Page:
Understanding Corrosion in Water Pipelines: A Guide for Pipeline Designers



Last updated: October 24, 2018

What Does Abiotic Mean?

An abiotic is a physical and non-living factor. This can include chemicals or parts of the ecosystem. Abiotics serve as components of degradation and corrosion by physical and chemical processes such as in hydrolysis.

Abiotics are also known as abiotic factors.


Corrosionpedia Explains Abiotic

The term abiotic can be defined as any non-living factor that can affect the ecosystem. This includes:

  • Light
  • Soil
  • Humidity
  • Temperature
  • Atmosphere

In sub-terrestrial settings or marine environments, sound waves and pressure may also be considered abiotics.

The abiotic factors mentioned above along with others such as nitrite, nitrate, sulfate, chloride, bicarbonate and calcium, with or without the presence of oxygen, can be found in water, which can lead to corrosion. Such factors are believed to accelerate corrosion in water.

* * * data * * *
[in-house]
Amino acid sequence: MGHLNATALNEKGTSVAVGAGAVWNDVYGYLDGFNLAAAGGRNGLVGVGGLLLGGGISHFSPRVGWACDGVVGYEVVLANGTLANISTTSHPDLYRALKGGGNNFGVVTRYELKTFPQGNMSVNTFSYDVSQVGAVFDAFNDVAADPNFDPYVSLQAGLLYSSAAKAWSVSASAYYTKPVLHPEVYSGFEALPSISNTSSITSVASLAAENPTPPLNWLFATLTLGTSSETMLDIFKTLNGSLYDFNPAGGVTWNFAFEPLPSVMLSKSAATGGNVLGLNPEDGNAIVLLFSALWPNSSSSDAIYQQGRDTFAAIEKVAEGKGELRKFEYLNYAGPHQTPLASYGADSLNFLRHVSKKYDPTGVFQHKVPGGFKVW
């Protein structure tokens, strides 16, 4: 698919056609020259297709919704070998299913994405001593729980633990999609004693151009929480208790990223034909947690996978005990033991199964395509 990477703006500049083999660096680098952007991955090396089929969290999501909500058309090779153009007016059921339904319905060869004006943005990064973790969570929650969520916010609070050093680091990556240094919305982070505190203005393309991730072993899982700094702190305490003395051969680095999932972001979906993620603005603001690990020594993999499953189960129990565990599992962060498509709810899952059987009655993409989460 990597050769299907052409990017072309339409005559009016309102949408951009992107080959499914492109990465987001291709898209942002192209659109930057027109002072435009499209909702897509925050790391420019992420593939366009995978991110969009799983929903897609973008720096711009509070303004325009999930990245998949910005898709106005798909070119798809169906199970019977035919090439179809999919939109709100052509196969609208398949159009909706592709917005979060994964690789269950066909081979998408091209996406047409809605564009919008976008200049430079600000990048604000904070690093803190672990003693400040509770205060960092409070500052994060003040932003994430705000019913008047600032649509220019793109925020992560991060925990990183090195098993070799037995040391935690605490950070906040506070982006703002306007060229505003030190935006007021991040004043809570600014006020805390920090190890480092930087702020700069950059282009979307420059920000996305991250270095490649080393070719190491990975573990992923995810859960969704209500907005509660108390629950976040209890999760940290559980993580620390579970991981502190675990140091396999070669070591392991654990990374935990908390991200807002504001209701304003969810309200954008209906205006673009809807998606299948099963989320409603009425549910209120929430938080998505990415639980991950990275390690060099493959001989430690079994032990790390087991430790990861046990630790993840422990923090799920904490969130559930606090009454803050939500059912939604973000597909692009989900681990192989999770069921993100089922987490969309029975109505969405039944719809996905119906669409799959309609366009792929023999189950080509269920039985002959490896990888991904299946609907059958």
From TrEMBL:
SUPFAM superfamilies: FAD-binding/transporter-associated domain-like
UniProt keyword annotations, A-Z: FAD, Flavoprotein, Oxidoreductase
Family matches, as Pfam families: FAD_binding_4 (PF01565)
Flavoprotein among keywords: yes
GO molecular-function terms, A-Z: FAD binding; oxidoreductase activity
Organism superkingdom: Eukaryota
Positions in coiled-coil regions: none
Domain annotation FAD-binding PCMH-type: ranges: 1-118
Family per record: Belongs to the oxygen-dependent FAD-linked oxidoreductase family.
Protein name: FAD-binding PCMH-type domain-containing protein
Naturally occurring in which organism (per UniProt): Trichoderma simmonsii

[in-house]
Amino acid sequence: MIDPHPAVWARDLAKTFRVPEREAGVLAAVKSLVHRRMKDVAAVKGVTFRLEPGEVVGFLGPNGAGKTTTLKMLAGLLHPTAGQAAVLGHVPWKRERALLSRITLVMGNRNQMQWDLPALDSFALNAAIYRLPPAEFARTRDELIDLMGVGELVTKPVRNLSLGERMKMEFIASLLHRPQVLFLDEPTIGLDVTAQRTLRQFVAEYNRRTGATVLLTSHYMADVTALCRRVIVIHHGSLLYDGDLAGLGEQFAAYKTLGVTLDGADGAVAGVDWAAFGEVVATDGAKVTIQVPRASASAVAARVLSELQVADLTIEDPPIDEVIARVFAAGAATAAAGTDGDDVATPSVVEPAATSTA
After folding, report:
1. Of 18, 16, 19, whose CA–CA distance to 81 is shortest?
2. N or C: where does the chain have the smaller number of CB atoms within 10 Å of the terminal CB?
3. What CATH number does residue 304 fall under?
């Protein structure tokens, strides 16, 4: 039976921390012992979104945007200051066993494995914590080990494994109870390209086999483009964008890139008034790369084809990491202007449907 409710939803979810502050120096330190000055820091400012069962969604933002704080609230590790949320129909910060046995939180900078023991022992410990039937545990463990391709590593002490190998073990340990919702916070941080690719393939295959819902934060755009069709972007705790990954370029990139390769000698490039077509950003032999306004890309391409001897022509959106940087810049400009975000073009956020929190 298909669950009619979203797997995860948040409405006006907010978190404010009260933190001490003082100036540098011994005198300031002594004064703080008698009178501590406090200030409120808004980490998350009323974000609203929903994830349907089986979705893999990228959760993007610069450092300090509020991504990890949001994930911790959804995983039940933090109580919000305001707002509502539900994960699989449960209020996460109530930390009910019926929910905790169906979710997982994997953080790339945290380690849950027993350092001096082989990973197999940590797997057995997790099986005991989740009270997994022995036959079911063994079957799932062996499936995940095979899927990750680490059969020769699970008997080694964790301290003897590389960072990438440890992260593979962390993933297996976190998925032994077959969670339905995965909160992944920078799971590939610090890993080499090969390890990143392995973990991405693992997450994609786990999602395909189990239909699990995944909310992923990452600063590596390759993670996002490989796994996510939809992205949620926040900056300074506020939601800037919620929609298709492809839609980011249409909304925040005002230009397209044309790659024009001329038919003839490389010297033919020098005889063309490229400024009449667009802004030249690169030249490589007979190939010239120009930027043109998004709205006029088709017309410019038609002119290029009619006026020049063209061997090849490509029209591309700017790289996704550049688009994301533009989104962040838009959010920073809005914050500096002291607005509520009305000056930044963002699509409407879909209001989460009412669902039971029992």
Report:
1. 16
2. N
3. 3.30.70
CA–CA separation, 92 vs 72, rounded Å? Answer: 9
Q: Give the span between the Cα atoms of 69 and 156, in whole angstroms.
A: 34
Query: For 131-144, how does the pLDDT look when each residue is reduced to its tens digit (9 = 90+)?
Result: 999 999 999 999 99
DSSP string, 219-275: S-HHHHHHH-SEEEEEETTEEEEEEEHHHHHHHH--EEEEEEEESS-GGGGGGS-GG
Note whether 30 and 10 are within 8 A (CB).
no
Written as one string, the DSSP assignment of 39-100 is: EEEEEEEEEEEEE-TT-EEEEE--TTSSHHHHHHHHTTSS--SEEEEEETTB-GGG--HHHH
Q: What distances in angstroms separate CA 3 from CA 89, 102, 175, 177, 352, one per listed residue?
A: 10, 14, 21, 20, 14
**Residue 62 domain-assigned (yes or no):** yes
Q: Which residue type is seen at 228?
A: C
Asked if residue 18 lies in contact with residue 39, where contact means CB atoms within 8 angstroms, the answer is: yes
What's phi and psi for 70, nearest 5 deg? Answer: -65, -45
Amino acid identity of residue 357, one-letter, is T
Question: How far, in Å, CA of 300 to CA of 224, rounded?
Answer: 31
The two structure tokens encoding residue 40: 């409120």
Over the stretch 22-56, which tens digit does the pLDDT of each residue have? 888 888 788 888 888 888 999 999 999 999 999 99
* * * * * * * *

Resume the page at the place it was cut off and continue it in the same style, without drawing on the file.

Drinking water systems can become contaminated with corrosion products like lead or by microbial-induced corrosion. This can make the water unsafe for human consumption. Thus, abiotic factors should be taken into consideration when designing and monitoring water pipelines and tanks. The effects of water corrosion can be hastened by abiotic factors, making it crucial to perform accurate monitoring and treatment.

The effects of abiotics applies not only to drinking water systems, but to any structure or component, since corrosion can affect anything in the environment.



Abiotic Factor

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